This experiment initiated a collaboration, beginning in 1877, between Stanford and Muybridge with the goal of providing visual information about animal movement useful in the training of horses and human athletes. This time, the animals were photographed as they moved in front of a calibrated backdrop, tripping specially designed, electrically operated shutters of 12 cameras equipped with Dallmeycr stereographic lenses at one-thousandth of a second. News of the sensational photographs that resulted— photographs that documented what the human eye had never registered—appeared in the California press in 1877, in the prestigious Scientific American the following year, and in journals in London, Paris, Berlin, and Vienna soon afterward. Having become an international celebrity, Muybridge lectured in the United States and Europe, where his work was acknowledged by the French physiologist Marey.

Late in 1883, as a result of the withdrawal of Stanford's patronage, Muybridge accepted an invitation to continue his work at the University of Pennsylvania where he boldly extended the cast of characters and the range of movements. His human subjects were drawn from the teaching staff at the university, from professional models for the female nudes (about whose lack of grace he complained!), and from friends in the arts, among them Eakins, whose hand he photographed in various positions. In an elaboration of the California experiments, the move-ments generally were performed in front of a backdrop marked with a grid of vertical and horizontal lines and before a batten' of 24 cameras about six inches apart in a line parallel with the grid, while smaller groups of cameras were maneuvered into position to capture frontal, rear, and foreshortened views, as in Woman Emptying a Bucket on a Seated Companion. By the time the Pennsylvania project began in 1884, advances in technology enabled Muybridge to use more sensitive dry plates instead of collodion, and to afix a roller shutter in front of each camera lens. These were operated by an electromagnetic system (designed by the photographer) that tripped the shutters in succession and at the same time operated a chronograph or timing device. In a year-and-a-half of work, Muybridge produced some 100,000 images analyzing the movements involved in walking, running, playing ball, pirouetting, curtseying, and laying bricks, among other activities. The university selected 781 plates for Animal Locomotion, an expensive publication, after which Muybridge issued smaller editions entitled Animals in Motion and The Human Figure in Motion.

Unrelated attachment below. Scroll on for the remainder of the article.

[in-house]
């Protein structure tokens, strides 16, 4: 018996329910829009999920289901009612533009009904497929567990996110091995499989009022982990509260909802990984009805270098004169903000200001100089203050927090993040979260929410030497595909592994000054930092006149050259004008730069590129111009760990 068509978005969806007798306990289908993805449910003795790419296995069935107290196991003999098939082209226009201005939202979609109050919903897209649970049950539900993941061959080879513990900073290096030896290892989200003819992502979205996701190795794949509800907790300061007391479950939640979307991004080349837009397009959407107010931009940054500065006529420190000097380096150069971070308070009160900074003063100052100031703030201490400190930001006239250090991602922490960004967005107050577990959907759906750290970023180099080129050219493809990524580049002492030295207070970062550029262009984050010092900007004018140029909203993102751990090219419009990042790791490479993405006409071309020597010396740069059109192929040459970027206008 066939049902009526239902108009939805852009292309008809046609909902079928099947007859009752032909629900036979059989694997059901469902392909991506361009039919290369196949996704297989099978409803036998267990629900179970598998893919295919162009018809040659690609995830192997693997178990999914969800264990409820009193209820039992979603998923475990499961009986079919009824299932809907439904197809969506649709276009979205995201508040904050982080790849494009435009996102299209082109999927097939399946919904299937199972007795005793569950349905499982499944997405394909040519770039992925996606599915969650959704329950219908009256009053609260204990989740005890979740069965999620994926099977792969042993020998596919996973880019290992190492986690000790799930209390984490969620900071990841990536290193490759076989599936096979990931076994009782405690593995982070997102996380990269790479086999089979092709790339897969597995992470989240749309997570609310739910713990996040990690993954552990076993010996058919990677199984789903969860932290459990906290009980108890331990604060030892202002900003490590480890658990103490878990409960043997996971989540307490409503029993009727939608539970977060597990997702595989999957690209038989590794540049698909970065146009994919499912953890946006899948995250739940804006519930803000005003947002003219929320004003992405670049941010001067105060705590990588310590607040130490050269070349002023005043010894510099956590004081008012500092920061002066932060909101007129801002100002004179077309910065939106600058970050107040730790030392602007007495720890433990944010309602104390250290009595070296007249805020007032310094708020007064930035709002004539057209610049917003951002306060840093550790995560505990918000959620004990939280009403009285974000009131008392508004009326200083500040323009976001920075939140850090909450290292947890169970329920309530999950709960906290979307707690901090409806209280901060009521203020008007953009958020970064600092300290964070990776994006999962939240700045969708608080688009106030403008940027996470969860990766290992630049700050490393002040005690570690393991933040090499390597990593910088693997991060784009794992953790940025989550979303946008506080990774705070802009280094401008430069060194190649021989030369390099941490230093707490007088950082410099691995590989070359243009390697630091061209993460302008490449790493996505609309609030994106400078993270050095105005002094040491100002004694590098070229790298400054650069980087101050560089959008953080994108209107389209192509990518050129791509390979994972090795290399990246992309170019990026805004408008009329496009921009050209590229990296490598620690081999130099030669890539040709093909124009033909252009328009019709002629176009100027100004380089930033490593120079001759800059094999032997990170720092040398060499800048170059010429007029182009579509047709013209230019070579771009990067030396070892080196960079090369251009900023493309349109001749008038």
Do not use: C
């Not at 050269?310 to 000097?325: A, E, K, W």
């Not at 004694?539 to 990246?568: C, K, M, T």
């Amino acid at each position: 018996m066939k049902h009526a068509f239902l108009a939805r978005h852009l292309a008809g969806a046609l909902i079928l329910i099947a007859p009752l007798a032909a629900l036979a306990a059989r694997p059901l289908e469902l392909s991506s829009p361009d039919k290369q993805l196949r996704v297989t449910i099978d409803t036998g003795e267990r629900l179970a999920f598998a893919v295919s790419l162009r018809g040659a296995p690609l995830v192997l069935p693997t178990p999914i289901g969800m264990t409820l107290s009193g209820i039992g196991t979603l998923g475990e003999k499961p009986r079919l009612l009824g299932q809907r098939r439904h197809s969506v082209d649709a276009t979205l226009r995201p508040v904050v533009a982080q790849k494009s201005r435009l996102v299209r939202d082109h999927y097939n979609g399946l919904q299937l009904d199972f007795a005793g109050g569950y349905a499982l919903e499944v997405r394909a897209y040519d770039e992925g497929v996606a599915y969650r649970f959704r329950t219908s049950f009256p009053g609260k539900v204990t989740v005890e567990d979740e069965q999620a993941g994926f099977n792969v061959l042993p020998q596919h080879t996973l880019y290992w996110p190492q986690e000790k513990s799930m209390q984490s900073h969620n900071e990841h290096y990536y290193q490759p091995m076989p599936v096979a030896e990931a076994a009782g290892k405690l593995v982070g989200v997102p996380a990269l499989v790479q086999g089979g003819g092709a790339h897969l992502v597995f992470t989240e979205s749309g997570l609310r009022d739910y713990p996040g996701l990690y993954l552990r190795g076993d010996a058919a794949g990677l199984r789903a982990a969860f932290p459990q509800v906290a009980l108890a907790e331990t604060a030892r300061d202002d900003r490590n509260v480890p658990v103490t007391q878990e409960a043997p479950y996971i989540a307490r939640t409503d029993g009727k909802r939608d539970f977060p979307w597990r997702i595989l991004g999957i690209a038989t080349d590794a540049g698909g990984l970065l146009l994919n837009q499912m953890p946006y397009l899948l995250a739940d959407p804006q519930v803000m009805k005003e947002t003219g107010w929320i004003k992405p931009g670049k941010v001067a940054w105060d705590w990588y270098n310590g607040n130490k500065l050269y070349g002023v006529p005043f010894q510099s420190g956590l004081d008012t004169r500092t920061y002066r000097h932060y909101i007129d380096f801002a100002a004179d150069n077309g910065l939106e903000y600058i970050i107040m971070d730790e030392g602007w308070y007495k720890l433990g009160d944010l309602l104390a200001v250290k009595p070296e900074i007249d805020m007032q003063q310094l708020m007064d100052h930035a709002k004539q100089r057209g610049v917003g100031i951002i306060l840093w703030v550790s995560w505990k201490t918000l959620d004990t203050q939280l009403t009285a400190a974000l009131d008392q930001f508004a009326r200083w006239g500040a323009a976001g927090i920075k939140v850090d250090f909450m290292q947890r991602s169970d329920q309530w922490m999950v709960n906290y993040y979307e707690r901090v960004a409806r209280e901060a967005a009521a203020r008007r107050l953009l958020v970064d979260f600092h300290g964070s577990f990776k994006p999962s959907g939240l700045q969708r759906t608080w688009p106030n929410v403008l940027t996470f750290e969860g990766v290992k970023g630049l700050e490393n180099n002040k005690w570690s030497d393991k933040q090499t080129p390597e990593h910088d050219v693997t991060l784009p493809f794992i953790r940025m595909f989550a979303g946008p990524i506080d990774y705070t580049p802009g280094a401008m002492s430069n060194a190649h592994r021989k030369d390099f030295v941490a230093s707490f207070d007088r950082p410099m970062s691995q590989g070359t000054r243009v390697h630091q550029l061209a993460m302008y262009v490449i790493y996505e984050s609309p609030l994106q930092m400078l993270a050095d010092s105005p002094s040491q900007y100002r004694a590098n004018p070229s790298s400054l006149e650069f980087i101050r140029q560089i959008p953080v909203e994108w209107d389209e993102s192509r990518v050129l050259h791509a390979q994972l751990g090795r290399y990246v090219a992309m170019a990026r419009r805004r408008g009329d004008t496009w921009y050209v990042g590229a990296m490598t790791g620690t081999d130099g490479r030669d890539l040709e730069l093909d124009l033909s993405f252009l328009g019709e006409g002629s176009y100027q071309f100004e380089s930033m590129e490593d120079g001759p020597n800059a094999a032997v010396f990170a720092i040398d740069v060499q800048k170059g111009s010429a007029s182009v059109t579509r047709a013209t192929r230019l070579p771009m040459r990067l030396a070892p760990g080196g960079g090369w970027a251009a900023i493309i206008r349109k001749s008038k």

Eakins, the American painter whose long-standing interest in the accurate graphic representation of movement had prompted him to correspond with Muybridge and to purchase a set of studies of the horse in motion, applied the knowledge he gained to the depiction of the horse's legs in his first Philadelphia commission—the oil painting, The Fairman Rogers' Four in Hand, in which ironically the carriage wheels arc blurred as if moving while the horses' hooves are frozen in one phase of their movement. In his own studies of motion, Eakins, who started to make photographs as soon as dry plates became available, preferred to work with apparatus that registered the successive phases of action on one plate, as can be seen in History of a Jump, a frequently reproduced work.


(b Kingston-on-Thames, 9 April 1830; d Kingston-on-Thames, 8 May 1904).

English photographer, active in the USA. He was the first to analyse motion successfully by using a sequence of photographs and resynthesizing them to produce moving pictures on a screen. His work has been described as the inspiration behind the invention of the motion picture.

EADWEARD MUYBRIDGE. Eakins's Hand, from Animal Locomotion, 1887.
Collotype. Museum of the Philadelphia Civic Center.


THOMAS EAKINS. Amelia Van Buren with a Cat, c. 1891.
Platinum print. Metropolitan Museum of Art, New York


THOMAS EAKINS. History of a Jump, 1884-85.
Gelatin silver print. Philadelphia Museum of Art; gift of George Bregler.

Marey's contribution to the photographic documentation of movement was made in conjunction with his primary vocation of physiology, for which he initially had devised graphic methods of recording skeletal and muscle movements. After reading about Muybridge's experiments in La Nature in 1878 (and later through personal contact with him), Marey turned to the camera as a more accurate tool for such documentation. Because he was more interested in schematic diagrams of muscle movements than in random, if timed, depictions of moving figures, he adapted for his own use the fusil photographique (photographic gun)—a camera inspired by the rotating bullet cylinder of a revolver—which Eakins also used. Originally, Marey produced a series of separate images with this apparatus but soon realized that more precise information could be gained if the sequential movements appeared on the same plate. For these timed images—called chronophotographs—Marey employed a rotating slit shutter and experimented with a variety of black and white garments on models who moved against similarly colored backdrops; eventually he settled on a figure clothed entirely in black with bright metal bands attached to the sides of the arms and legs, photographed against a black background. This yielded a "working geometric drawing"—a linear graph of 60 skeletal movements per second. As was true of other kinds of instantaneous studies, these images were to have a telling effect on concepts and styles in art as well as on the scientific understanding of movement.